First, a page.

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Assessing Changes in Attitudes, Awareness, and Behavior in Indonesian Youths

D&S Fellow Mark Latonero produced a working paper presenting research done in collaboration with Sheila Murphy, Patricia Riley, and Prawit Thainiyom at the University of Southern California under USAID’s C-TIP Campus Challenge Research Grant initiative. The research used a public opinion survey to assess how an MTV Exit documentary changed knowledge, attitudes, and behaviors related to trafficking vulnerability among the target population in Indonesia. The research also included a social media analysis to assess how activists in Indonesia frame discussions around human trafficking. The paper was produced under the Democracy Fellows and Grants (DFG) program, which is funded through USAID’s Center of Excellence in Democracy, Human Rights, and Governance (DRG Center) and managed by the Institute for International Education.

The researchers sought to generate data to inform the design of programs to raise awareness about trafficking among vulnerable populations and influence knowledge, attitudes, and practices related to trafficking. This paper focuses on research conducted in Indonesia by a team led by the University of Southern California (USC).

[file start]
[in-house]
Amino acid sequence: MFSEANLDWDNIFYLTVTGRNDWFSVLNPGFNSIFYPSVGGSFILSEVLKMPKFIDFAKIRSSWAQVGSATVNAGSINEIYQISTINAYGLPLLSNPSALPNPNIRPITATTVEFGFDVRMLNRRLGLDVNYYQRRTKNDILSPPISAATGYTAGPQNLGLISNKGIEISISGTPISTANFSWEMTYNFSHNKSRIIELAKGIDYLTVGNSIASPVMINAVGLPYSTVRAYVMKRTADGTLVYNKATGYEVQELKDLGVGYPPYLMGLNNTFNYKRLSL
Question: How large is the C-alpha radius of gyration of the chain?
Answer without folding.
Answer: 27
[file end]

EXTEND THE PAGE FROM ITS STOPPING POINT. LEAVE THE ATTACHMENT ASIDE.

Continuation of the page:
The USC team’s research in Indonesia included two components: a public opinion survey and an analysis of social media, both implemented in 2014. The public opinion survey was administered in Indramayu, West Java, Indonesia, a district with more than 1.77 million people that is a “hot spot” for human trafficking. USC administered the survey twice, with 527 participants; between the first and second wave, 319 of the participants watched an MTV Exit documentary on Indonesians’ experiences with human trafficking. USC conducted the social media assessment from May to July 2014, searching Twitter, Facebook, and YouTube in Indonesia for posts containing one or more of seven key words that would indicate that a post was about human trafficking. Key findings include:

  • The MTV Exit documentary on Indonesians’ experience with human trafficking had limited effects on increasing the viewers’ knowledge of trafficking, awareness of vulnerability to trafficking, or intention to reduce vulnerability—suggesting that awareness-raising materials should be pretested to ensure that messages are compelling for and relevant to the target community.
  • Face-to-face engagement and discussion were the most effective ways to decrease misconceptions about human trafficking, trafficking vulnerability, and effective risk reduction.
  • Although there clearly were social media conversations about and activism around human trafficking in Indonesia, USC found no evidence of activists using Twitter to organize or augment a strategic advocacy campaign, so it may be useful to consider how activists in other countries in the region have used social media to disseminate information or build and leverage networks for collective action and social change.